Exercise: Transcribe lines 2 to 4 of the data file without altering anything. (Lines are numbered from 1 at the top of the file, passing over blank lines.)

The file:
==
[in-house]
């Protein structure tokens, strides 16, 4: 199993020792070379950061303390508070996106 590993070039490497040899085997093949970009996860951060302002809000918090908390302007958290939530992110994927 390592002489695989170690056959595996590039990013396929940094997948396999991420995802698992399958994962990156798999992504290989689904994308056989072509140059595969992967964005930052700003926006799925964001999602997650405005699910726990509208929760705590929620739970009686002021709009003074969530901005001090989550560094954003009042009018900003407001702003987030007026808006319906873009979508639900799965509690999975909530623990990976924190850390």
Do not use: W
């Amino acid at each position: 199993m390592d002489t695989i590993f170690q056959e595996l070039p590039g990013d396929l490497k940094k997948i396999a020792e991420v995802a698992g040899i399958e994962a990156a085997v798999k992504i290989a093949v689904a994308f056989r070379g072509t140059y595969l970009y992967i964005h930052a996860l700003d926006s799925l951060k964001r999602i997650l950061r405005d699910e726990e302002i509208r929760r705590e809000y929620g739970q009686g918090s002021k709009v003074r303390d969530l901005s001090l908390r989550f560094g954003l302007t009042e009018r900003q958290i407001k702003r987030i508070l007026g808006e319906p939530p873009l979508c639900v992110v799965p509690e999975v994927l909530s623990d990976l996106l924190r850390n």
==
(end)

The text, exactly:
């Protein structure tokens, strides 16, 4: 199993020792070379950061303390508070996106 590993070039490497040899085997093949970009996860951060302002809000918090908390302007958290939530992110994927 390592002489695989170690056959595996590039990013396929940094997948396999991420995802698992399958994962990156798999992504290989689904994308056989072509140059595969992967964005930052700003926006799925964001999602997650405005699910726990509208929760705590929620739970009686002021709009003074969530901005001090989550560094954003009042009018900003407001702003987030007026808006319906873009979508639900799965509690999975909530623990990976924190850390």
Do not use: W
């Amino acid at each position: 199993m390592d002489t695989i590993f170690q056959e595996l070039p590039g990013d396929l490497k940094k997948i396999a020792e991420v995802a698992g040899i399958e994962a990156a085997v798999k992504i290989a093949v689904a994308f056989r070379g072509t140059y595969l970009y992967i964005h930052a996860l700003d926006s799925l951060k964001r999602i997650l950061r405005d699910e726990e302002i509208r929760r705590e809000y929620g739970q009686g918090s002021k709009v003074r303390d969530l901005s001090l908390r989550f560094g954003l302007t009042e009018r900003q958290i407001k702003r987030i508070l007026g808006e319906p939530p873009l979508c639900v992110v799965p509690e999975v994927l909530s623990d990976l996106l924190r850390n």